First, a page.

Pittsburgh Regional Parks Natural Areas Study
Frick Park, Schenley Park, Highland Park and Riverview Park make up Pittsburgh’s magnificent four large regional parks. Together, they represent approximately 1,700 acres of public open space and natural lands within Pittsburgh’s metropolitan area. While the parks provide important recreational facilities for the citizens of Pittsburgh, they also contain valuable urban natural habitats, including forests, stream valleys, wetlands and meadows. These habitats provide vital refuges for threatened and dwindling native plant communities, water resources and wildlife populations.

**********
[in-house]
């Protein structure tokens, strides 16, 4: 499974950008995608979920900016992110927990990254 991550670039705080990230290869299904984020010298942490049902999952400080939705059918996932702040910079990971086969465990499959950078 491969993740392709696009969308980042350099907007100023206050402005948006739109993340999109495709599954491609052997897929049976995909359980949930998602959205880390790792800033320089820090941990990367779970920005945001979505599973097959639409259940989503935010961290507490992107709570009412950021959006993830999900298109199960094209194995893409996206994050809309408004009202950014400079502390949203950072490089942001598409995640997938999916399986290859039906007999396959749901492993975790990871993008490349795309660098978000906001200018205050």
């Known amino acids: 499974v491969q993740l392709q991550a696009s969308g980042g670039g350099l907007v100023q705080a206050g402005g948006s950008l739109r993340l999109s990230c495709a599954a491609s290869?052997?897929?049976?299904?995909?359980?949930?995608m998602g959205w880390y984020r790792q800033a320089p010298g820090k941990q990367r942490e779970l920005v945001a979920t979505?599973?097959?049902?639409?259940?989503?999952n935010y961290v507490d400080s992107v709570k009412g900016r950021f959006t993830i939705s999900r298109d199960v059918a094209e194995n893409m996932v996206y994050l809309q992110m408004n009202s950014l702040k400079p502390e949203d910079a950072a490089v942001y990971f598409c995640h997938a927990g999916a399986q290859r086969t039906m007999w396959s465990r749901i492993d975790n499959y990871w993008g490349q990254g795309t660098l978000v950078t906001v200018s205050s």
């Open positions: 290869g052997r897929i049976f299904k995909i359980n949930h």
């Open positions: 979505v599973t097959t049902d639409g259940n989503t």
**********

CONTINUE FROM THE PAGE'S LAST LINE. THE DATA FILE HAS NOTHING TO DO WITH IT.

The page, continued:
In 2000, the City released Pittsburgh’s Regional Parks Master Plan, which focuses on the parks’ development and management over the next 20 years. As a member of the master planning team, Biohabitats was instrumental in developing principles and recommendations for the restoration and protection of the parks’ natural resources. One of the plan’s many recommendations was the preparation of a Natural Areas Study that encompasses all four of the regional parks.
Proposing an integrated approach of inventory, assessment and adaptive management, Biohabitats was chosen by the City to prepare the Natural Areas Study. Key natural resource categories assessed include geology, soils, hydrology, vegetation, and fauna. The project involved systematic data collection tailored to meet urban conditions. Ultimately, the collected field data and analysis supported the preparation of a Natural Areas Management Plan, detailing conservation, restoration and adaptive management actions for the four regional parks.